Project items

Items saved from this book

This book has been saved
Highlights (0)
Some of your highlights are legacy items.

Highlights saved before July 30, 2012 will not be displayed on their respective source pages.

You can easily re-create the highlights by opening the book page or article, selecting the text, and clicking “Highlight.”

Citations (0)
Some of your citations are legacy items.

Any citation created before July 30, 2012 will labeled as a “Cited page.” New citations will be saved as cited passages, pages or articles.

We also added the ability to view new citations from your projects or the book or article where you created them.

Notes (0)
Bookmarks (0)

You have no saved items from this book

Project items include:
  • Saved book/article
  • Highlights
  • Quotes/citations
  • Notes
  • Bookmarks
Notes
Cite this page

Cited page

Style
Citations are available only to our active members.
Buy instant access to cite pages or passages in MLA, APA and Chicago citation styles.

(Einhorn, 1992, p. 25)

(Einhorn 25)

1. Lois J. Einhorn, Abraham Lincoln, the Orator: Penetrating the Lincoln Legend (Westport, CT: Greenwood Press, 1992), 25, http://www.questia.com/read/27419298.

Cited page

Bookmark this page
Automation Technology and Human Performance: Current Research and Trends
Table of contents

Table of contents

Settings

Settings

Typeface
Text size Smaller Larger Reset View mode
Search within

Search within this book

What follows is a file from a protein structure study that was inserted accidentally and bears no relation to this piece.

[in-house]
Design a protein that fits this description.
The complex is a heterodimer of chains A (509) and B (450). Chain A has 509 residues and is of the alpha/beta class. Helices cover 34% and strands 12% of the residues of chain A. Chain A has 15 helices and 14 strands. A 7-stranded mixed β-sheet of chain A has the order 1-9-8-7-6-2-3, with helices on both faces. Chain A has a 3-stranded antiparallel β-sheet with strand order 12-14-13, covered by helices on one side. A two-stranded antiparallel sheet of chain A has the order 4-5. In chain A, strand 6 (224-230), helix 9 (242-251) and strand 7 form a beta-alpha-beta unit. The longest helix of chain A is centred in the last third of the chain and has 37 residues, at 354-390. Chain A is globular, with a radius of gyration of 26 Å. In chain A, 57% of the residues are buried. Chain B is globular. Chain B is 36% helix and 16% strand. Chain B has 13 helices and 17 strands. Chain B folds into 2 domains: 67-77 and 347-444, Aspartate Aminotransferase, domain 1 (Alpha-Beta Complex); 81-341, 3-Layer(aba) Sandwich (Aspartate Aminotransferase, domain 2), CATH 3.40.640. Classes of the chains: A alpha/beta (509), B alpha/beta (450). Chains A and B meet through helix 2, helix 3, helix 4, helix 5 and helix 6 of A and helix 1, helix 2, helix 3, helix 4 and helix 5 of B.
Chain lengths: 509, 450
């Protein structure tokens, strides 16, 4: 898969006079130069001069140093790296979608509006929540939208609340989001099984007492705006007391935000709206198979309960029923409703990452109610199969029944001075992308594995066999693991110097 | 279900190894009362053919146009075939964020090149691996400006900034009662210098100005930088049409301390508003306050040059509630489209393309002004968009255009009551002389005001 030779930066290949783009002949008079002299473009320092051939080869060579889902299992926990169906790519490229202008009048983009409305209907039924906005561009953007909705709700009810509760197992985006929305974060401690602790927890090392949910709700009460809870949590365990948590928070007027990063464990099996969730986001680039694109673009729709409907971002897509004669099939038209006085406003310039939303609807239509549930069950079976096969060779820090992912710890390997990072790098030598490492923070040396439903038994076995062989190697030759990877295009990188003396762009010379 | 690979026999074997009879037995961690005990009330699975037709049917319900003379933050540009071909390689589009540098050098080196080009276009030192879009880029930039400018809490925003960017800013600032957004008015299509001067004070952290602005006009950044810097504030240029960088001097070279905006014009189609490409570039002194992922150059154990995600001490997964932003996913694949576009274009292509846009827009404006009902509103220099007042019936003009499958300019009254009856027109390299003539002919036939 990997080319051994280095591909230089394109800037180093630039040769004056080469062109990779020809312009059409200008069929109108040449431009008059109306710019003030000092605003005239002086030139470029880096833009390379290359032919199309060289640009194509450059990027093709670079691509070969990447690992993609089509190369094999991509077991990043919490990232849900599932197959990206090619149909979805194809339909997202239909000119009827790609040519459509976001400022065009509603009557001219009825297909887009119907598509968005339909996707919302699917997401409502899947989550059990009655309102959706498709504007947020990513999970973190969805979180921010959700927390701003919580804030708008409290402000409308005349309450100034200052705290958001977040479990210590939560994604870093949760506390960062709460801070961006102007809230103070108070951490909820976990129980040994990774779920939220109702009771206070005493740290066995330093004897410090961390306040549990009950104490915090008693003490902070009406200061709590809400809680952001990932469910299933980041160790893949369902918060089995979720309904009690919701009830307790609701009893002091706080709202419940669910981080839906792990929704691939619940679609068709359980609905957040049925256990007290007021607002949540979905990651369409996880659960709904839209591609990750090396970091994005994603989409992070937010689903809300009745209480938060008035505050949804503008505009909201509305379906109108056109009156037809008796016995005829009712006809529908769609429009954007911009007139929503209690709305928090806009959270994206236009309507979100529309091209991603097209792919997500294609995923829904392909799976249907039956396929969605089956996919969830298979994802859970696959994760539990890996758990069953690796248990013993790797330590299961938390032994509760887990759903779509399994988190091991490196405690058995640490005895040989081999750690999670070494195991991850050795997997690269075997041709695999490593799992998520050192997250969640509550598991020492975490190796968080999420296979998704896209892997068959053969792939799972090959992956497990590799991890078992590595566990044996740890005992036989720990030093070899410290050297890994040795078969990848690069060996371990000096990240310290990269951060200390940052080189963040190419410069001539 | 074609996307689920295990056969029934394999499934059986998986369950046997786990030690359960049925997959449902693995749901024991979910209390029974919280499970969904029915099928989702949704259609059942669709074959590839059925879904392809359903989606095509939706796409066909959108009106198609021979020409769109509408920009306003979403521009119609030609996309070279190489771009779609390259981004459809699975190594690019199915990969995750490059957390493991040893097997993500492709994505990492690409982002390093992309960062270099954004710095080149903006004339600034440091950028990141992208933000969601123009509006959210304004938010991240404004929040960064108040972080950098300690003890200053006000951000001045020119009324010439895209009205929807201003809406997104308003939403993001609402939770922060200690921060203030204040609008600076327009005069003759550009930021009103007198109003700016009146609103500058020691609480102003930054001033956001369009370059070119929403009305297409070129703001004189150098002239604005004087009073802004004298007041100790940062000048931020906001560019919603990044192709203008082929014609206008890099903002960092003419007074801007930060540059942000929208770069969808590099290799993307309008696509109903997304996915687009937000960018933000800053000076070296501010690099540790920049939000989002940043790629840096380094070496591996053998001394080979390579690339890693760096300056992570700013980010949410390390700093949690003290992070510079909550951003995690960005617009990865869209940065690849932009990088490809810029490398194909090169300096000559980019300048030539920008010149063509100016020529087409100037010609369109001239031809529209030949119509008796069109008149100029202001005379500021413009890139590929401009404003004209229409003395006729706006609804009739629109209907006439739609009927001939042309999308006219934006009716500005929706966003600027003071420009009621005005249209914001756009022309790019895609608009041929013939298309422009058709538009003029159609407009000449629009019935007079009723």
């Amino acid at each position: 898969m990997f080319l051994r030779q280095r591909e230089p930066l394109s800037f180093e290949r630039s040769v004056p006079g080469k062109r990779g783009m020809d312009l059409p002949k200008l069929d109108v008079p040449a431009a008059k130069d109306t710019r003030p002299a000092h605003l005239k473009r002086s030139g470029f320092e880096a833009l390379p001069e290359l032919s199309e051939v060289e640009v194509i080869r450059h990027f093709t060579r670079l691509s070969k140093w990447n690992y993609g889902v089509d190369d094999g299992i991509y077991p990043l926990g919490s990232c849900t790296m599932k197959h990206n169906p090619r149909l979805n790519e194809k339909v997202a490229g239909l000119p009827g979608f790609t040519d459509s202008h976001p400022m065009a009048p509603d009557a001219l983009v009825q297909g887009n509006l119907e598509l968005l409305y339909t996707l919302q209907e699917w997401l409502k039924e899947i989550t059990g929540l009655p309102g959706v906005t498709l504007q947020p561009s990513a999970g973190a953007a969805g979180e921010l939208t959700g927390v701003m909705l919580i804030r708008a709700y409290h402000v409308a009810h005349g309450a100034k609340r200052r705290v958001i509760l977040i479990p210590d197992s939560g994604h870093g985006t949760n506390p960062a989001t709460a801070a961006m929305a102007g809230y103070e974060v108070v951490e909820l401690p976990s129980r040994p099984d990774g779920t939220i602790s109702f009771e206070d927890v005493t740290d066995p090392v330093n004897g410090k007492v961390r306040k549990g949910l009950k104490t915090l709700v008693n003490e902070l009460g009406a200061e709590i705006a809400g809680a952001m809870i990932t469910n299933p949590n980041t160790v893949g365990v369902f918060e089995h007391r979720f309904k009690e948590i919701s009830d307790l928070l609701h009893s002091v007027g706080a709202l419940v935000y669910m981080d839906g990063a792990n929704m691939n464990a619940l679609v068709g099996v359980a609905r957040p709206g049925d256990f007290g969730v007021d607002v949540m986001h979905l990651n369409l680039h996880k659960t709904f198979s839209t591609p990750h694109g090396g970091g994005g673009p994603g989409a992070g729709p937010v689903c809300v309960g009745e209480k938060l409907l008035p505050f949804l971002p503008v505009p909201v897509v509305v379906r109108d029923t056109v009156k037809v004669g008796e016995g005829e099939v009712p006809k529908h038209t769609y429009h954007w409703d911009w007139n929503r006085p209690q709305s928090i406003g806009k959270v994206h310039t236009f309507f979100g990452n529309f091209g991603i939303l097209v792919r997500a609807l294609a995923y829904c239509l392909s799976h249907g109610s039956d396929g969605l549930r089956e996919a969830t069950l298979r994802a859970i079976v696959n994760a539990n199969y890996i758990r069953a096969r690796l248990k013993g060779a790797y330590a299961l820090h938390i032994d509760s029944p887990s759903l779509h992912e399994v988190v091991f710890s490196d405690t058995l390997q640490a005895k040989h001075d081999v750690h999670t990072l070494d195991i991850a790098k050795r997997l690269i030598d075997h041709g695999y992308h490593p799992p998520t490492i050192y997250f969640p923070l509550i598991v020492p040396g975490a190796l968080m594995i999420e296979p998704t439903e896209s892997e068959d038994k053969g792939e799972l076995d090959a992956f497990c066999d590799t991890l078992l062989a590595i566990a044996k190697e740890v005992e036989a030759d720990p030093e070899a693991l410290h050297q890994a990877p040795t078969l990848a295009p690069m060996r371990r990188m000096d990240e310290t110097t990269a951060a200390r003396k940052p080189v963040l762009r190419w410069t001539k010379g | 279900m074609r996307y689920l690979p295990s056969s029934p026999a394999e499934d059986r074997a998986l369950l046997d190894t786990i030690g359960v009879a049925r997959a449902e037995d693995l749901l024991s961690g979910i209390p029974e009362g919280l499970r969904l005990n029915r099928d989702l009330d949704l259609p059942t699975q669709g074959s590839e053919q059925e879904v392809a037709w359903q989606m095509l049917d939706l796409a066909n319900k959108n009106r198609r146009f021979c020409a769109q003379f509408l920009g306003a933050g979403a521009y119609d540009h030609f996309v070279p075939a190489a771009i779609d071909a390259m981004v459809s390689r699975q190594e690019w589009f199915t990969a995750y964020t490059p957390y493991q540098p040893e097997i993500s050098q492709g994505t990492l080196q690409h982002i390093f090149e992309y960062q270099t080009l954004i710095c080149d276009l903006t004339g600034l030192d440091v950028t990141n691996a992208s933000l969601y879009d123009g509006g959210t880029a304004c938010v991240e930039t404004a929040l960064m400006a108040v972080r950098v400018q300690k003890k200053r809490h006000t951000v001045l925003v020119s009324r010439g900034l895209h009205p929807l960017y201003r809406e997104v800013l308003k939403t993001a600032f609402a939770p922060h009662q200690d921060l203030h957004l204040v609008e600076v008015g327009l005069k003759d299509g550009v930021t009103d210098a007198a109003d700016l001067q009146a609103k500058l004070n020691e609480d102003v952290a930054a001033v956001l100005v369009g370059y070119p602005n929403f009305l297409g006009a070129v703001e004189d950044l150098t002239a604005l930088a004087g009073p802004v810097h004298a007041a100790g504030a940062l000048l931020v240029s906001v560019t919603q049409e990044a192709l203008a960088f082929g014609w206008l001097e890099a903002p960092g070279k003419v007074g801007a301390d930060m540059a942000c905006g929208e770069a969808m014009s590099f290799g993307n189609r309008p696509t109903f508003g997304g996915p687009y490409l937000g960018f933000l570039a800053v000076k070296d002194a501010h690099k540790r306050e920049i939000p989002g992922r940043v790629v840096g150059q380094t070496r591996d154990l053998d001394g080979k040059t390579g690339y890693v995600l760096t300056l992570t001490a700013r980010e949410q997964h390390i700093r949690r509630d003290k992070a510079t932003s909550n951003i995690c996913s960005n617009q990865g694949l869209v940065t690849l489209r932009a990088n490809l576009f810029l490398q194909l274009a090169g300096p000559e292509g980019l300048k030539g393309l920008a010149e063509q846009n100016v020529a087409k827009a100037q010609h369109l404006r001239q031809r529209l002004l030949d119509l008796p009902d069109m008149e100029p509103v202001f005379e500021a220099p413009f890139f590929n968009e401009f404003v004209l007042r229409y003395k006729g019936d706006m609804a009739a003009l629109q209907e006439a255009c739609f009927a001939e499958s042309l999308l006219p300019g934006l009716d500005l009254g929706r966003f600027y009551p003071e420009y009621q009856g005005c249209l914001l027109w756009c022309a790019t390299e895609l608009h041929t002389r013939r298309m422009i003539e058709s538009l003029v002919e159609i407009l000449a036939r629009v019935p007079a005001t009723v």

Look up

Look up a word

  • Dictionary
  • Thesaurus
Please submit a word or phrase above.
Print this page

Print this page

Why can't I print more than one page at a time?

Help
Full screen
/ 348

matching results for page

    Questia reader help

    How to highlight and cite specific passages

    1. Click or tap the first word you want to select.
    2. Click or tap the last word you want to select, and you’ll see everything in between get selected.
    3. You’ll then get a menu of options like creating a highlight or a citation from that passage of text.

    OK, got it!

    Cited passage

    Style
    Citations are available only to our active members.
    Buy instant access to cite pages or passages in MLA, APA and Chicago citation styles.

    "Portraying himself as an honest, ordinary person helped Lincoln identify with his audiences." (Einhorn, 1992, p. 25).

    "Portraying himself as an honest, ordinary person helped Lincoln identify with his audiences." (Einhorn 25)

    "Portraying himself as an honest, ordinary person helped Lincoln identify with his audiences."1

    1. Lois J. Einhorn, Abraham Lincoln, the Orator: Penetrating the Lincoln Legend (Westport, CT: Greenwood Press, 1992), 25, http://www.questia.com/read/27419298.

    Cited passage

    Thanks for trying Questia!

    Please continue trying out our research tools, but please note, full functionality is available only to our active members.

    Your work will be lost once you leave this Web page.

    Buy instant access to save your work.

    Already a member? Log in now.

    Author Advanced search

    Oops!

    An unknown error has occurred. Please click the button below to reload the page. If the problem persists, please try again in a little while.